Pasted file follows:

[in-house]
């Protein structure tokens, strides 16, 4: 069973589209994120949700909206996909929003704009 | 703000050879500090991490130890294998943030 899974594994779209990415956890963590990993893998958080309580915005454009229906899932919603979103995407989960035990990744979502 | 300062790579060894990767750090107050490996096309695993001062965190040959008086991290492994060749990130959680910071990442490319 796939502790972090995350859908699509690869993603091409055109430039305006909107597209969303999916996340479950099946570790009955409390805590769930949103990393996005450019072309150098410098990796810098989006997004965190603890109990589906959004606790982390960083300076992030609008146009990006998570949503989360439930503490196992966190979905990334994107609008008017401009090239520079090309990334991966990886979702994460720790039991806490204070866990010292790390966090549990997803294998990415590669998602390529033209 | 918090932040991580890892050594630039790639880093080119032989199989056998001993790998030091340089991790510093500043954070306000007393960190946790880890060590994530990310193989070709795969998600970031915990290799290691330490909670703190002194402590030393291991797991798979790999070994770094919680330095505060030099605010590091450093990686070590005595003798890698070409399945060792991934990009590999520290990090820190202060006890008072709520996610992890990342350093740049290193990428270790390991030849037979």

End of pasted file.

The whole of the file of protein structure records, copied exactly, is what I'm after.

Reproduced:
[in-house]
């Protein structure tokens, strides 16, 4: 069973589209994120949700909206996909929003704009 | 703000050879500090991490130890294998943030 899974594994779209990415956890963590990993893998958080309580915005454009229906899932919603979103995407989960035990990744979502 | 300062790579060894990767750090107050490996096309695993001062965190040959008086991290492994060749990130959680910071990442490319 796939502790972090995350859908699509690869993603091409055109430039305006909107597209969303999916996340479950099946570790009955409390805590769930949103990393996005450019072309150098410098990796810098989006997004965190603890109990589906959004606790982390960083300076992030609008146009990006998570949503989360439930503490196992966190979905990334994107609008008017401009090239520079090309990334991966990886979702994460720790039991806490204070866990010292790390966090549990997803294998990415590669998602390529033209 | 918090932040991580890892050594630039790639880093080119032989199989056998001993790998030091340089991790510093500043954070306000007393960190946790880890060590994530990310193989070709795969998600970031915990290799290691330490909670703190002194402590030393291991797991798979790999070994770094919680330095505060030099605010590091450093990686070590005595003798890698070409399945060792991934990009590999520290990090820190202060006890008072709520996610992890990342350093740049290193990428270790390991030849037979």